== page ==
You might not be familiar with the Fiat Linea, Renault Symbol and Peugeot 301, but in places like Turkey they’re big sellers.
These are all small, or smallish cars with boots rather than hatchbacks, and they sell against four door versions of models like the Ford Focus and Vauxhall Astra. In Britain cars like this were once common, but demand has shrunk to such an extent that neither Ford nor Vauxhall has bothered to flog them here for around a decade.
They’re existence elsewhere is a sign of the times. For many British buyers hatchbacks are the popular choice, but a recent holiday in Turkey has revealed buyers with different sets of priorities. This is a market that is conservative with a small C, so saloons are popular. Turks would once have been given tired old models that had been pensioned off elsewhere, but with markets like Turkey, Brasil and India becoming ever more important, car makers are more than willing to re-package their modern mechanical bits to meet local tastes.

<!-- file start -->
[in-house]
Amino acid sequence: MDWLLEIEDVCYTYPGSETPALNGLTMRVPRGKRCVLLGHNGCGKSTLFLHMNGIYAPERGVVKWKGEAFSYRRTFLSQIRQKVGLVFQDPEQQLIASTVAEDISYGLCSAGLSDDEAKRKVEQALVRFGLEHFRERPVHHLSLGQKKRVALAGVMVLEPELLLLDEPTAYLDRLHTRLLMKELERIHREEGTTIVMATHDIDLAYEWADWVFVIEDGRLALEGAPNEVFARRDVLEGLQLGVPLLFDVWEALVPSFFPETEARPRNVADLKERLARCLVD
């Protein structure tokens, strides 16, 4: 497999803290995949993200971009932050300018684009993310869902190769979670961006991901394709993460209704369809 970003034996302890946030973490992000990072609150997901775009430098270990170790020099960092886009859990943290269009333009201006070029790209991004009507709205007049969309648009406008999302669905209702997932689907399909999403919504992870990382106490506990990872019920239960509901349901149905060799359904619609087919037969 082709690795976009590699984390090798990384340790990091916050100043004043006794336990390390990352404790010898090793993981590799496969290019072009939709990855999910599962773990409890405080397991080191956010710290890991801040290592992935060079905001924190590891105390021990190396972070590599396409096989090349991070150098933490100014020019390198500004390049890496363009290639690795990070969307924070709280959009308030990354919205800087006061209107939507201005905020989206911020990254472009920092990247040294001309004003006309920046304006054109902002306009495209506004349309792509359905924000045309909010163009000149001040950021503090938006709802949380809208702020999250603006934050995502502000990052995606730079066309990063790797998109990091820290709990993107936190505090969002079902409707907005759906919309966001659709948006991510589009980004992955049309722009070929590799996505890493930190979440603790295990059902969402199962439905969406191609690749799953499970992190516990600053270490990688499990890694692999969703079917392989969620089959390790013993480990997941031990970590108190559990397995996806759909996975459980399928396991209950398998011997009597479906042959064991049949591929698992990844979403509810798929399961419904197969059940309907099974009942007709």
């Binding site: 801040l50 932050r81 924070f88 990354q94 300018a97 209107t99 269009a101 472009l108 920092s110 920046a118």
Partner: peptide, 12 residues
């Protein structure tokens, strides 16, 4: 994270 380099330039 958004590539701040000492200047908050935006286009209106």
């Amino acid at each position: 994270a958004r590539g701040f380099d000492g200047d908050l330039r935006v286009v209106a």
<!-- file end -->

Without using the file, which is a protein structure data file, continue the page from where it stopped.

Thus the outwardly bigger Fiat Linea is closely related to the Grande Punto, the sober Peugeot 301’s body is perched on a sub structure closely related to the decidedly left field Citroen Cactus. As for Renault’s Symbol, this is actually a lightly made over Dacia with a large, luggage carrying bussell.
This shared DNA gives these vehicles a slightly familiar look, although inevitably something that stars off resembling a car you see everyday here looks progressively odder around its derriere.
This is particularly true of the Astra and Focus, two thoroughly modern cars which to fresh eyes look big hipped with boots grafted on to their rears.
However, all this means that buyers in what were once considered emerging markets are also getting the safety and environmental paybacks of the latest car technologies, even if the cars themselves aren’t capable of swallowing small wardrobes. Until quite recently Fiat was quite happy to offer Turkish buyer re-worked versions of models like the 131 saloon, which started life in Europe forty years ago. Badged as the Dogan, there was an estate, but this model was, inevitably, most popular as a four door saloon.